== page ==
Built Form and Air Movement

The configuration and pattern of massing of the built form can largely determine and modify the air movement both in and around the buildings. Depending on the relationship between the wind direction and that of streets and buildings, there may be variations in wind speed.
When large built volumes, or say a long row of buildings are placed perpendicular to the wind direction, then shielded zones are established between the buildings, where wind speed might be just a small fraction of the speed above building’s roofs, or in streets parallel to the wind direction. In this case the distance between the buildings have little effect on the speed currents between the buildings, the first row of buildings divert e approach wind current upwards, the rest of the buildings are left in wind shadow.
Thus two separate air flow regimes are created. The regional air currents flow mainly over the top of the buildings while in between the buildings a secondary air flow pattern is created as a result of the friction between the upper air currents and the building. This may be desirable in certain climatic conditions like the cold winters or hot summers when winds are to be avoided, but undesirable in warm humid climates when ventilation is required.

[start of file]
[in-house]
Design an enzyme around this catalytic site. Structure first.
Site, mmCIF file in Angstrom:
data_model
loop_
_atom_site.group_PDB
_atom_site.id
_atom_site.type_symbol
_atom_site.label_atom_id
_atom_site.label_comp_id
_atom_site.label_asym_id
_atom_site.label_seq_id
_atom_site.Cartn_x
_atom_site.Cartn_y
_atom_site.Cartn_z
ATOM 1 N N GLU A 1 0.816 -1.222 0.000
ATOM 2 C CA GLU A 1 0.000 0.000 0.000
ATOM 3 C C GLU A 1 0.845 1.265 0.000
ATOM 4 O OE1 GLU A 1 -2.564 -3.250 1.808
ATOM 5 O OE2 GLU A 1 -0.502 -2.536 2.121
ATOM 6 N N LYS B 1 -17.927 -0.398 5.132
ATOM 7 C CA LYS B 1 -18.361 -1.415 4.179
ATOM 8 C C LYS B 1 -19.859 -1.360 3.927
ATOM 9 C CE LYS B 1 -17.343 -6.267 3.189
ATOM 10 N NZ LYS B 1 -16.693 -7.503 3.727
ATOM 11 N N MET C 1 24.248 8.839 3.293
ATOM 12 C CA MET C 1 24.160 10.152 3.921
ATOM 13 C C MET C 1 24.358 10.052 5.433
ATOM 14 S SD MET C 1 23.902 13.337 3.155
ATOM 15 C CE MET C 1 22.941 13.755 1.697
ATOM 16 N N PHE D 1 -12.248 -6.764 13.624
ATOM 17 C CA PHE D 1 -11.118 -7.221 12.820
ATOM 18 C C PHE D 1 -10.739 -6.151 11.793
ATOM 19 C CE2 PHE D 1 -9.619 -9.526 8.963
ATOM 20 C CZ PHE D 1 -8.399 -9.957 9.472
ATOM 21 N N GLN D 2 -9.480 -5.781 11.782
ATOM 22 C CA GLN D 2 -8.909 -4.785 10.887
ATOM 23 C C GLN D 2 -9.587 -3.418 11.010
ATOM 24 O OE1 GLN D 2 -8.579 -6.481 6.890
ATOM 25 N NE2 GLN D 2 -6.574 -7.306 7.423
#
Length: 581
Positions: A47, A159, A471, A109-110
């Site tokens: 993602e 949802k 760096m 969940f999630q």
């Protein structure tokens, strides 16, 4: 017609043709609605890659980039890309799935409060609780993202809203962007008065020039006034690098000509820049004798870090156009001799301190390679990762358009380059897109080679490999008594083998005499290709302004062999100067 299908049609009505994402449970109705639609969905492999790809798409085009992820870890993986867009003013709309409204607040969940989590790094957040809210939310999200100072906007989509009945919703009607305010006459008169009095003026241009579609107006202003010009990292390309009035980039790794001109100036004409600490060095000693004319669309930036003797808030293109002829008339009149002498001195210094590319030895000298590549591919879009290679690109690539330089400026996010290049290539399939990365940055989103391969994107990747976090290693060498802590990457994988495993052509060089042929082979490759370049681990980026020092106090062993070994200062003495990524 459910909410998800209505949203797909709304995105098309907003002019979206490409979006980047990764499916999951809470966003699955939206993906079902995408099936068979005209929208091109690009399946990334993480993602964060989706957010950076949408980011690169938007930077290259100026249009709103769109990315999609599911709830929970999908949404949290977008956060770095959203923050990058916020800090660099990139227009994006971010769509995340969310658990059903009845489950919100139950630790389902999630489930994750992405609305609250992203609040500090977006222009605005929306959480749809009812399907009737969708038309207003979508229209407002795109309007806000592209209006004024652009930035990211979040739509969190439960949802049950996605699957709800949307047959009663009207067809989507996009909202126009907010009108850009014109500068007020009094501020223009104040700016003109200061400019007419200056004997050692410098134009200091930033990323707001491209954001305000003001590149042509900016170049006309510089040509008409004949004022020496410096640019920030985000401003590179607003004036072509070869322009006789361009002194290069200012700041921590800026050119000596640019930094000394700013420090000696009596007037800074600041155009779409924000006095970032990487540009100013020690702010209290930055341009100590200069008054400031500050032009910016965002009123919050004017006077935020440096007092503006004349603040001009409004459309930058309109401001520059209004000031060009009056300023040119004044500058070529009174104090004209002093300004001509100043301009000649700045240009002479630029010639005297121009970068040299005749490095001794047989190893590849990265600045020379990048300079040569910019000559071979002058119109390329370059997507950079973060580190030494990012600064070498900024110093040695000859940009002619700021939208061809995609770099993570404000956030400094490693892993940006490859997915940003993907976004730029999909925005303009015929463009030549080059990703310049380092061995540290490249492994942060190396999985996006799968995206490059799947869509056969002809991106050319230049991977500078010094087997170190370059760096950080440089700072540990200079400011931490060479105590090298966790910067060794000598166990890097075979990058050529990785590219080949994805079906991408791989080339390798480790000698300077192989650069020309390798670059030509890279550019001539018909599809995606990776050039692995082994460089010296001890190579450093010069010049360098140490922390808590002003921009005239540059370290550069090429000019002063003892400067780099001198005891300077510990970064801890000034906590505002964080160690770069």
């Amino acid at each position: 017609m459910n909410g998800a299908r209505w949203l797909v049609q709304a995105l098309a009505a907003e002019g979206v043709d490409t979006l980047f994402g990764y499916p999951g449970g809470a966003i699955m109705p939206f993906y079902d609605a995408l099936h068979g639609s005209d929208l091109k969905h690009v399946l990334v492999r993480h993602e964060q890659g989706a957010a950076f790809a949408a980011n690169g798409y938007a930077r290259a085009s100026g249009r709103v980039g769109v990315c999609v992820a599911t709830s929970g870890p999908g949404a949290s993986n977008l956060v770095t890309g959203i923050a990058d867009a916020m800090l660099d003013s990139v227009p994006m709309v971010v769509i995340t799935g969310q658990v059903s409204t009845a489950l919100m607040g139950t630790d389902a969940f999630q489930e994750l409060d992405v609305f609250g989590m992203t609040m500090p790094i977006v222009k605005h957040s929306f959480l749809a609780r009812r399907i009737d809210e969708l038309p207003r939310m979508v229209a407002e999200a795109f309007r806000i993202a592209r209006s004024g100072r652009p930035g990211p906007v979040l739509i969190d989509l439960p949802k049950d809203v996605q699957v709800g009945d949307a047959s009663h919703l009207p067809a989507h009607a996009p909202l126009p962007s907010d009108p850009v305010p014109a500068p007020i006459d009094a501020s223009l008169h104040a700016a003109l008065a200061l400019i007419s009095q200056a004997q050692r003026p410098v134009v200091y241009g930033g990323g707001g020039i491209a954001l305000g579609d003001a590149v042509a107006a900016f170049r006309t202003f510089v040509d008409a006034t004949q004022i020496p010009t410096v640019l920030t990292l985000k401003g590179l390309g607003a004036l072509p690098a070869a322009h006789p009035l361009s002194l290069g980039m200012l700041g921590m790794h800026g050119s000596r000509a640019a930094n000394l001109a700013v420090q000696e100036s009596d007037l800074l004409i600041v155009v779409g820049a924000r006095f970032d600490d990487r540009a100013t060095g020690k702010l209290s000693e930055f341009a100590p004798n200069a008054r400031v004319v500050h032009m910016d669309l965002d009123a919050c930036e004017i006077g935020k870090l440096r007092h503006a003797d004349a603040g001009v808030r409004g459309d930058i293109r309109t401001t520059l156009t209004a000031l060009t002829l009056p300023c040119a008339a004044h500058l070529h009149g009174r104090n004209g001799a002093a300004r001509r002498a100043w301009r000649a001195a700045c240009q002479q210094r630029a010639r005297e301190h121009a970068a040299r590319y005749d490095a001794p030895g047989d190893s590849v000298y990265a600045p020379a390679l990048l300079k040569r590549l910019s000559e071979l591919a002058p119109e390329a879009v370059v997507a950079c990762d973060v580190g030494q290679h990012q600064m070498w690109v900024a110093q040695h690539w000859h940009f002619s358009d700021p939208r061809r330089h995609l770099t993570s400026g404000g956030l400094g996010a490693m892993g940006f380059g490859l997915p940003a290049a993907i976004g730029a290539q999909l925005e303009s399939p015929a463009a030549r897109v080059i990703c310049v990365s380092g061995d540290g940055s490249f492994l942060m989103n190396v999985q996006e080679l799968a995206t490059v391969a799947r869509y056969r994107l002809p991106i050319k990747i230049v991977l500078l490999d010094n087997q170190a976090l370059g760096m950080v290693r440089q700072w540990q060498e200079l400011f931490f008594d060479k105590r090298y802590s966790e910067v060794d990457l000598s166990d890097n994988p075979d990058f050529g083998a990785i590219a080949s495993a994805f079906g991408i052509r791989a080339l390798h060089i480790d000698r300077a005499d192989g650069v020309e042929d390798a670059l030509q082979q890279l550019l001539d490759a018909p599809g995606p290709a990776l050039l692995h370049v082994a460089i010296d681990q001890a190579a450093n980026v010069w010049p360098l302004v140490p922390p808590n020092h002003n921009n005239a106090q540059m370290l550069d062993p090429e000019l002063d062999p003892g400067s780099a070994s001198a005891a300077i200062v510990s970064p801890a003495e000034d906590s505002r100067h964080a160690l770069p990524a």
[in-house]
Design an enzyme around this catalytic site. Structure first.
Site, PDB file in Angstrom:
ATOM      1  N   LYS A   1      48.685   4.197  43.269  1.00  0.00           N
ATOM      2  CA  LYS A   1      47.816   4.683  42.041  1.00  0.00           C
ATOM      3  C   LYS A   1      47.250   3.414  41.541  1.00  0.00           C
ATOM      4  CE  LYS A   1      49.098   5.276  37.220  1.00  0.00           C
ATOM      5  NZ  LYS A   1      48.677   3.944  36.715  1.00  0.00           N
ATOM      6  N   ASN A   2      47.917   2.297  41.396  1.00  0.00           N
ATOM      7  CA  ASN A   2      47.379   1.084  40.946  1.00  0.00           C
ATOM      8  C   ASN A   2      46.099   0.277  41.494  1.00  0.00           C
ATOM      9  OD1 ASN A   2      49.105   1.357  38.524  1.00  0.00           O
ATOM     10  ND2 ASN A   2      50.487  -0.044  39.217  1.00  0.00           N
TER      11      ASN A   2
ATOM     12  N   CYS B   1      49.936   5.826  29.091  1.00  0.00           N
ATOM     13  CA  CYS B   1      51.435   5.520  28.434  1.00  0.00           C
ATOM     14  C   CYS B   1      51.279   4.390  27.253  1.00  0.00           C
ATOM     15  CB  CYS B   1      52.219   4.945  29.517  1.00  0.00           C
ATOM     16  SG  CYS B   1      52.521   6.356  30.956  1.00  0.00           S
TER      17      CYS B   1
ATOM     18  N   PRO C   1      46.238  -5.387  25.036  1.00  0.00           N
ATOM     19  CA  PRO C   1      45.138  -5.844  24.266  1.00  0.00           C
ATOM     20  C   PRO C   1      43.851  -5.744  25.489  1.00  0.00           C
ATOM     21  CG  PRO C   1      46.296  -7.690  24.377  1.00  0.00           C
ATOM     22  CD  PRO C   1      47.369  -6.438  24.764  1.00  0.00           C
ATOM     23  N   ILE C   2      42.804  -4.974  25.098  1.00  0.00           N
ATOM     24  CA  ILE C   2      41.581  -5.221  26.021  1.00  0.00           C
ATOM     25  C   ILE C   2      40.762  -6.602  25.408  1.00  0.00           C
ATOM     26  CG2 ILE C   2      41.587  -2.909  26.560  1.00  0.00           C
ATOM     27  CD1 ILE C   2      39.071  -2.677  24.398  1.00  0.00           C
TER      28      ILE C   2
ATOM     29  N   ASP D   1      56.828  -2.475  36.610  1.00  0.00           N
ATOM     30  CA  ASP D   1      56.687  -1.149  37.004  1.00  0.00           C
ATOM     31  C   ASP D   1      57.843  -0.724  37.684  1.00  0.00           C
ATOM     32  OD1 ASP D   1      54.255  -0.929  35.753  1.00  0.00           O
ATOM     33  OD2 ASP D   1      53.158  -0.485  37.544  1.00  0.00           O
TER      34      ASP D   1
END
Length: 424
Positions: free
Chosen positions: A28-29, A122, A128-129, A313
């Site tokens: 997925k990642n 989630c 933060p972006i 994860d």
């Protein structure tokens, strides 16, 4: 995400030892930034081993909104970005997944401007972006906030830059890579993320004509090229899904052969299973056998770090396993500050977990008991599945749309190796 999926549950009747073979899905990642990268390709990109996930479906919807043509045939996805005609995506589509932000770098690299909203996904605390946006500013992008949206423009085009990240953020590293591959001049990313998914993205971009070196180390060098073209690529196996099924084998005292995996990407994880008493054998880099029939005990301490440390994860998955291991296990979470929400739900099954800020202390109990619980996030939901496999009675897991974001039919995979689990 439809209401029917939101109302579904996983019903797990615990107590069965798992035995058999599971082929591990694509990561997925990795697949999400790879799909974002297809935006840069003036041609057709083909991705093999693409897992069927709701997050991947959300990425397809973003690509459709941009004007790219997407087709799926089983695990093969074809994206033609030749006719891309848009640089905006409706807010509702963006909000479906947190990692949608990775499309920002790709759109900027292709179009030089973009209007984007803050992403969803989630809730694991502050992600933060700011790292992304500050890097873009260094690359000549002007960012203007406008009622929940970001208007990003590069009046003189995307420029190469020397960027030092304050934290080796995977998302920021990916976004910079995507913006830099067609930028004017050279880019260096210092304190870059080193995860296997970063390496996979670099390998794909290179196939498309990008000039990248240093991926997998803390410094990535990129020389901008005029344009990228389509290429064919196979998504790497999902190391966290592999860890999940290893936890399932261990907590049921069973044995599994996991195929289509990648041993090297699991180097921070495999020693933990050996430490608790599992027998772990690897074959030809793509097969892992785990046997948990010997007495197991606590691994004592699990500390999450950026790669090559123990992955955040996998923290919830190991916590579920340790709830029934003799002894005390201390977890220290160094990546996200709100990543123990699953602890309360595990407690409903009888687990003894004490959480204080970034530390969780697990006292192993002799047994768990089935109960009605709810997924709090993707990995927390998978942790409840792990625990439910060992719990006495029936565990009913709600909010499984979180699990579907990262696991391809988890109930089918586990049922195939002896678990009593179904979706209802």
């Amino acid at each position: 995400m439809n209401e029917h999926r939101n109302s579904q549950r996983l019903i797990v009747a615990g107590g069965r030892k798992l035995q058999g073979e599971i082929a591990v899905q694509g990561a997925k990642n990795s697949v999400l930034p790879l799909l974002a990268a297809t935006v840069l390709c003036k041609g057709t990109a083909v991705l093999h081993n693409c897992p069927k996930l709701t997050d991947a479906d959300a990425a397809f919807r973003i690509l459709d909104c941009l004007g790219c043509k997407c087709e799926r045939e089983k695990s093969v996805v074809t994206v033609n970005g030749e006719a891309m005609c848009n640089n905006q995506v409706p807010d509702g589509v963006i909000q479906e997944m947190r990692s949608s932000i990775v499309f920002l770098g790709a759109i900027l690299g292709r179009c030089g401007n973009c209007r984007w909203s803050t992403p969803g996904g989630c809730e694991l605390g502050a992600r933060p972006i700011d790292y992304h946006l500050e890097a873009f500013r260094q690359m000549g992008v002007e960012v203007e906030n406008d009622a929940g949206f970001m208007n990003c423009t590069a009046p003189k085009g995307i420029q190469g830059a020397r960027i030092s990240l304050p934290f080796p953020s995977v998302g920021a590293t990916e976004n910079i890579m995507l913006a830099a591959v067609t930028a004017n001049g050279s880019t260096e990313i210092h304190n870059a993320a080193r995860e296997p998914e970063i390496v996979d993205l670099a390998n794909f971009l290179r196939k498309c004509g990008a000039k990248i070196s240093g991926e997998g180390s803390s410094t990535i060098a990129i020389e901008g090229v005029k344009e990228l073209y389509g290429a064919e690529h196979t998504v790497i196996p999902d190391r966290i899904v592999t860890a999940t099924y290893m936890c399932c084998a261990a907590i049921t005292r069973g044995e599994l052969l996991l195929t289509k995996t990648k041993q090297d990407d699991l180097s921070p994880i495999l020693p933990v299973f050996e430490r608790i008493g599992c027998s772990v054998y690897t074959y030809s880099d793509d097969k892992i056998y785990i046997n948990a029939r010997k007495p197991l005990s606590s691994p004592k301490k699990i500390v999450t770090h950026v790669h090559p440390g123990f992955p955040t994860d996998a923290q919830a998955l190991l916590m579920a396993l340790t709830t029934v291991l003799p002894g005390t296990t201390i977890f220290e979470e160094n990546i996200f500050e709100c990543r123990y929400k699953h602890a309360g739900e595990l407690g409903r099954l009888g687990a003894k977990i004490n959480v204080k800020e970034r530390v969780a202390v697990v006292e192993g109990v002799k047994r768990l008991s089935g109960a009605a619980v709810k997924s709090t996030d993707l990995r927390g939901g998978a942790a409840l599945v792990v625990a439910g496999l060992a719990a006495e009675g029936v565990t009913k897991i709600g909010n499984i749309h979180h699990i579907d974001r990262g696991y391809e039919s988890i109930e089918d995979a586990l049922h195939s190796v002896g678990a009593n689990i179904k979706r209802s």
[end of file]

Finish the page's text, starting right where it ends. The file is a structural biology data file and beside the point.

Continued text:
On the other hand when building blocks are placed parallel to the prevailing wind direction, the wind can blow through spaces between the buildings and along the streets with small retarding effect from the friction with the buildings. In this case, the interior of the buildings suffer from poor ventilation while the adjacent open spaces experience high wind velocities. Orienting buildings at an angle in relation to the wind direction can produce relatively homogeneous wind patterns around them, thus creating better ventilation, regardless of the relative position of buildings within the built up arrangement.

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